Another view of cutting stock listings

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4 Responses

  1. Bill Choyke, Business Editor says:

    I would have to disagree with my good friend Bernie. There is another choice that we fail to recognize – work with advertising to find revenue niches to pay for the cost of the newsprint, which in our case is about $1,500 daily.

    After cutting stocks and mutuals from four pages to two pages in March of 2005, we at The Virginian-Pilot have made a concerted effort to add back specific stocks on requests from customers once a month. AP has been gracious in working with us. We now include 2,121 stocks Tuesday through Saturday, and so far about 1,100 of them are requests from readers. The others are based on volume of trading. When a stock is requested, a non-requested stock falls out. In short, we have tailored our stocks pages to meet our customers’ requests. It was a powerful and so far convincing argument when our publisher inquired about us eliminating stocks in April after the NYT did.

    We have begun conversations with advertising which hopefully will lead to advertising in the agate targeted to users of the stocks page. From the calls and emails a biz editor gets when these pages are reduced or eliminated, we know the demographics. Yes, there should be a wall between news and advertising. But in this case, a picket fence will do.

  2. David Crook says:

    I hope this doesn’t appear too self serving, but there ae alternatives to gutting your section when you cut your agate.
    Among them…editors might consider adding the Wall Street Journal Sunday, which gives readers consider added value. Better to give them something as you take something away.
    We’re just once a week, so a paper that cuts its daily agate can still carry us without using as much newsprint as it did before.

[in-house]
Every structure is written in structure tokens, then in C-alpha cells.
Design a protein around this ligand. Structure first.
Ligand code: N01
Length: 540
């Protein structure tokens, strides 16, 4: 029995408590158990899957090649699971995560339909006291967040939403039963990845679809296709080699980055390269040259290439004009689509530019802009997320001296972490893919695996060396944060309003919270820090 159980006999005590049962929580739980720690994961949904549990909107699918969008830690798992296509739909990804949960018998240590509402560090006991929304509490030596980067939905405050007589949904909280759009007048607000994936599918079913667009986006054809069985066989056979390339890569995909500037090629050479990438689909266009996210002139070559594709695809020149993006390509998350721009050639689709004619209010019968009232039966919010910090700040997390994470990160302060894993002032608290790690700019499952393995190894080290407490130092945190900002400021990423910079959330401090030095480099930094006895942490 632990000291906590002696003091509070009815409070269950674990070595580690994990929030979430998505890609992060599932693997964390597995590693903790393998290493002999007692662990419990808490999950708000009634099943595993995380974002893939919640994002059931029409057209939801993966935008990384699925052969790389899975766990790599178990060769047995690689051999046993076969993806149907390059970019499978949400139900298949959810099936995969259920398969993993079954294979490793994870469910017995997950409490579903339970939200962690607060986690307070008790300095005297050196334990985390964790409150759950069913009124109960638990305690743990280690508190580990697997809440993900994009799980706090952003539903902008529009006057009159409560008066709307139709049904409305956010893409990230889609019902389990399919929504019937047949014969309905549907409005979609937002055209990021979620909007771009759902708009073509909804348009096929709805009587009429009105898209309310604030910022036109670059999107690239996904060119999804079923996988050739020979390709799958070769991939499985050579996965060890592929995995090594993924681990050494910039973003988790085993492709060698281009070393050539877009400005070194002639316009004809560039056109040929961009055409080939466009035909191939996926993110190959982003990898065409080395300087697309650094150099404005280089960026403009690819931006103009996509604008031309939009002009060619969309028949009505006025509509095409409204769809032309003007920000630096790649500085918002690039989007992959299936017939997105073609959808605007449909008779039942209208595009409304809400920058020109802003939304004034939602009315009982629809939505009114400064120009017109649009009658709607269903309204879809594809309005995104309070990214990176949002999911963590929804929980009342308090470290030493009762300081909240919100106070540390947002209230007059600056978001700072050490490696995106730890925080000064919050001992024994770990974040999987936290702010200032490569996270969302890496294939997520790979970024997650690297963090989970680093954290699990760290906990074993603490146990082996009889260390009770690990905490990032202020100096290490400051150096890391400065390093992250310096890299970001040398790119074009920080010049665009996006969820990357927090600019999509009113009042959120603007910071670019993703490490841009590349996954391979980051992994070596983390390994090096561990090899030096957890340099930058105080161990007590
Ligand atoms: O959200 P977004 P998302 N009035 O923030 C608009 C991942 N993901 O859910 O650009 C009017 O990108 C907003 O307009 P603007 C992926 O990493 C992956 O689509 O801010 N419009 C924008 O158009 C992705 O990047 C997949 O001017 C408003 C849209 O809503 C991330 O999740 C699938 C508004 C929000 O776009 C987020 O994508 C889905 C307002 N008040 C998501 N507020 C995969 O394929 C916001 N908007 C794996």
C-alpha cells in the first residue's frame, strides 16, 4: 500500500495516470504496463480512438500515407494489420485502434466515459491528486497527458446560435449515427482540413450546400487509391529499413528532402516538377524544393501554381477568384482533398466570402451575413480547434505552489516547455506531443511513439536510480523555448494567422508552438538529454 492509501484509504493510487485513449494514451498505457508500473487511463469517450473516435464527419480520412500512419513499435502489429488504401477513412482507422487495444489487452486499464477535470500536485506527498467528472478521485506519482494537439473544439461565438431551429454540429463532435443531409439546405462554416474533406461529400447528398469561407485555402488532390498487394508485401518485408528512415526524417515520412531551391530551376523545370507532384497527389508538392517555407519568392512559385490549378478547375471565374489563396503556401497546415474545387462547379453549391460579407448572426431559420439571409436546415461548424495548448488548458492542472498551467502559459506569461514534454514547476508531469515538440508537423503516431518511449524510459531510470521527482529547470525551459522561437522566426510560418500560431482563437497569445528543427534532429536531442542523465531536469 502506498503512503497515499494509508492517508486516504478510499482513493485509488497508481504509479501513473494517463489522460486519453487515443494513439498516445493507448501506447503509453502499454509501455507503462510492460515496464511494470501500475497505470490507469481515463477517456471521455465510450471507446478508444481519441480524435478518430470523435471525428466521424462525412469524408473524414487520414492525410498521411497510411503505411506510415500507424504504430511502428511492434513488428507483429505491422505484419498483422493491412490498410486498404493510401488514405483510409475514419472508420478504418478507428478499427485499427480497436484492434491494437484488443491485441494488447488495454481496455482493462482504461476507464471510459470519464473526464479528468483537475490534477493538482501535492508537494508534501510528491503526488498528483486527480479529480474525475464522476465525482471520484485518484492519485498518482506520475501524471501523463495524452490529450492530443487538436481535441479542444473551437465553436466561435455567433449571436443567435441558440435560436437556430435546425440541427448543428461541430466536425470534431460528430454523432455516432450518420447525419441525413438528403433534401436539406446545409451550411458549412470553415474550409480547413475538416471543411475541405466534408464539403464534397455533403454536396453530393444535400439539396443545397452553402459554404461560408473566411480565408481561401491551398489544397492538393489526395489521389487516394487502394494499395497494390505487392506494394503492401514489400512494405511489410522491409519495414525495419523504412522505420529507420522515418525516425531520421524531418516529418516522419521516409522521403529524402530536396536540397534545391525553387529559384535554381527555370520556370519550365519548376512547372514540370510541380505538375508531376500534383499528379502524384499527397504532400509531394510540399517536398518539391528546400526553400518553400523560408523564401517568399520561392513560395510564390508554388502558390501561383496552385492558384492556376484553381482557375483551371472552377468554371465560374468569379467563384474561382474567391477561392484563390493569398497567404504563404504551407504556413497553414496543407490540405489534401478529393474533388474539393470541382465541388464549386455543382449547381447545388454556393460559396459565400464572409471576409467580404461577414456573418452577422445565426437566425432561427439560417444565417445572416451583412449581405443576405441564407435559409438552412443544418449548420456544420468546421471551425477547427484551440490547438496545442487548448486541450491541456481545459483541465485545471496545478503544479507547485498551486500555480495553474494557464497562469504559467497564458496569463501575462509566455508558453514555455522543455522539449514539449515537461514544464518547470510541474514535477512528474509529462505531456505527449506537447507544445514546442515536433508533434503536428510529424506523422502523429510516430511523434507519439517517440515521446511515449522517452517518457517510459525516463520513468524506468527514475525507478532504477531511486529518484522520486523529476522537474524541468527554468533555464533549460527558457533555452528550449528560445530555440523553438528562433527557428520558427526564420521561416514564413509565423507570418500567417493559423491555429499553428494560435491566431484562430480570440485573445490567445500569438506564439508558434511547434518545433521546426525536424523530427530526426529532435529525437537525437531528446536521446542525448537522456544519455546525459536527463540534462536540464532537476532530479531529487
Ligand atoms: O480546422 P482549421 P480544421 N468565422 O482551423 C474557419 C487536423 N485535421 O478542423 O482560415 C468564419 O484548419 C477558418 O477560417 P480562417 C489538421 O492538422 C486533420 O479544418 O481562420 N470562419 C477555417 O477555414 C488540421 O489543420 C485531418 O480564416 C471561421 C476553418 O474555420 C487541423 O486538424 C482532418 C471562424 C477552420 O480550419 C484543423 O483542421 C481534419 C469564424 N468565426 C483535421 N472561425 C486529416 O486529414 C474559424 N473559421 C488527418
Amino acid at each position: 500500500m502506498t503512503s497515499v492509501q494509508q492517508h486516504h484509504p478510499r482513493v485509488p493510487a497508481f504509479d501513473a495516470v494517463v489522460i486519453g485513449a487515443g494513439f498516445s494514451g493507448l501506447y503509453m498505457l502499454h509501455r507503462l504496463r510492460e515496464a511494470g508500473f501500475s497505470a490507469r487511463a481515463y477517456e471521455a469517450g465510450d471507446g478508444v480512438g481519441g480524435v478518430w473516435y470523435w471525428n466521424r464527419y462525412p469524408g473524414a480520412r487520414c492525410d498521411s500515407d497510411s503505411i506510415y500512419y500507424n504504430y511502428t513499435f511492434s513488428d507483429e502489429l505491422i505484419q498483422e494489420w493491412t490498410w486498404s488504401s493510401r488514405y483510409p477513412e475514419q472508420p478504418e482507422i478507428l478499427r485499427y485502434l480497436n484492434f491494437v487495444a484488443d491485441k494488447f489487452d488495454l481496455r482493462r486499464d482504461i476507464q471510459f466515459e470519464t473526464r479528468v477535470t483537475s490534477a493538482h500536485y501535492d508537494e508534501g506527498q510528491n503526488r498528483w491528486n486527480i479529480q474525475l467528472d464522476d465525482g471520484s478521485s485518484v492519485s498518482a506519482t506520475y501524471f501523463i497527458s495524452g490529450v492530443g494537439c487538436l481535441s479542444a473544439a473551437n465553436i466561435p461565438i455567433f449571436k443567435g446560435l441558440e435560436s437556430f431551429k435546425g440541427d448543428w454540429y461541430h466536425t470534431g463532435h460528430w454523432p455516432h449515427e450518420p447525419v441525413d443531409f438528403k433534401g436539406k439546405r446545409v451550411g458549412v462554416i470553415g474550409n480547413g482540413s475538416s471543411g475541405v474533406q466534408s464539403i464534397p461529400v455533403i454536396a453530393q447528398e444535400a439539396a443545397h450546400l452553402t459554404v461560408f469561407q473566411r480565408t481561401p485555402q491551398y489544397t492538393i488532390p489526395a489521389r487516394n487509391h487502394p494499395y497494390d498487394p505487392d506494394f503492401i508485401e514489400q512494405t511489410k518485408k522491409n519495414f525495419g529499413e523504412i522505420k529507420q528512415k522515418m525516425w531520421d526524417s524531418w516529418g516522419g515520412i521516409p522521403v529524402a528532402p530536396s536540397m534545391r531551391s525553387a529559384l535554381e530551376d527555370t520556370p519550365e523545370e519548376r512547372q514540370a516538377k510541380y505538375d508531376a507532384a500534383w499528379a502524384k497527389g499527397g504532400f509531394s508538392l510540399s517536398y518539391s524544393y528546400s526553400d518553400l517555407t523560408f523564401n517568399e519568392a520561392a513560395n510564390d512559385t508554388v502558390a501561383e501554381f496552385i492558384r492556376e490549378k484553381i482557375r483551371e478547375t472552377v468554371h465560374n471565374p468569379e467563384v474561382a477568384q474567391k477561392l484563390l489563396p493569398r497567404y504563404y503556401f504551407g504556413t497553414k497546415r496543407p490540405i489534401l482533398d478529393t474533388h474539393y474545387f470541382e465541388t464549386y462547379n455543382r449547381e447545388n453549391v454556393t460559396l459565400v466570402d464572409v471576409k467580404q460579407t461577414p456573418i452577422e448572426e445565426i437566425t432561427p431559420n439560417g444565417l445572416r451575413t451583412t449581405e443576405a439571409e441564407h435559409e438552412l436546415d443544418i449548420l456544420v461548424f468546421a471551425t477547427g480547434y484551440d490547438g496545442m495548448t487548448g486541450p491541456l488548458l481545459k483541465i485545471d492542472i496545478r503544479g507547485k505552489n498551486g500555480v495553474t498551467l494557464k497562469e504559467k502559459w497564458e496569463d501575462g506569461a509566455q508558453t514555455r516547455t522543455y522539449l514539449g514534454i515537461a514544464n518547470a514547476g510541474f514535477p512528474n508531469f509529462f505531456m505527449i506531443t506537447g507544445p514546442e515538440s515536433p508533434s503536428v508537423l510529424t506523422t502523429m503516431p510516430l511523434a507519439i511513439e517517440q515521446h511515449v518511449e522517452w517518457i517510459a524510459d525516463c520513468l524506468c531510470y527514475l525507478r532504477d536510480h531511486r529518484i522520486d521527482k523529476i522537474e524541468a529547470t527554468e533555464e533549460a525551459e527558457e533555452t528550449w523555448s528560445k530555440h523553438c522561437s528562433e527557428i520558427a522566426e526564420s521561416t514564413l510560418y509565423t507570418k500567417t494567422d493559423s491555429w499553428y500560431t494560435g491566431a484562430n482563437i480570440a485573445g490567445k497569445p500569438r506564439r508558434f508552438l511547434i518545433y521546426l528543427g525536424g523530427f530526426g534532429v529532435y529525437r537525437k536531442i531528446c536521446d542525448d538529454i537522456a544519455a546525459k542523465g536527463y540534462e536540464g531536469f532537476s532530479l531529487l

Our Edit-Only pages have various configurations. In our four-page edition, local papers can use two half pages to put in their own stock lists or other statistical–non WSJ content–material.
    Papers that are welcomed into our Advertising network actually make money on us.
    All that and the best personal-finance and investing advice in the world.
    Not a bad deal.

    David Crook
    The Wall Street Journal Sunday

  3. Joe says:

    Of course, a newspaper is in economic trouble and readers rather turn to other sources for their information. So what do newsrooms do? Attack the business side. All the “bean counters” understand are dollars and cents; they couldn’t possibly comprehend complex issues regarding content and reader service. Clearly, business executives are the problem for the increasing non-relevance of newspapers, not the people who actually control the news columns. This ain’t rocket science, Bernie, and it doesn’t take a direct bloodline from H.L. Mencken to correctly analyze problems. Strangley, other industries don’t quite have this same internal arrogance (maybe medicine, law, and engineering do, but there’s actually some technical knowledge and education associated with these disciplines).

    I essentially see your move (and your comments) as being defensive — your team wasn’t sharp enough to figure this out until someone forced your hand. I am also surprised (and dismayed) that a “business journalist” has such as jaundiced (and skewed) view of how businesses actually work (bet the executives in local Baltimore companies would love to be labeled perjoratively as “bean counters”). Perhaps you’d be well-served by understanding a bit more about how newspapers operate as a business (y’know, profits and losses, stuff like that). I’m sure if this issue occurred in an industry outside newspapers, your staff would call it for what it is.

  4. David Keim says:

    We did the same thing Bill described when we reduced our stock listings three years ago. The reduction was forced by the move to a new, smaller (50-inch web) press. We asked readers to send us the stocks and mutual funds they wanted us to list, and we still get a couple requests a month. AP handles them with no problem. Further reductions seem inevitable, but telling readers we’ll list stocks that they request goes a long way to mitigating blowback.

    David Keim
    Business editor
    Knoxville (Tenn.) News Sentinel

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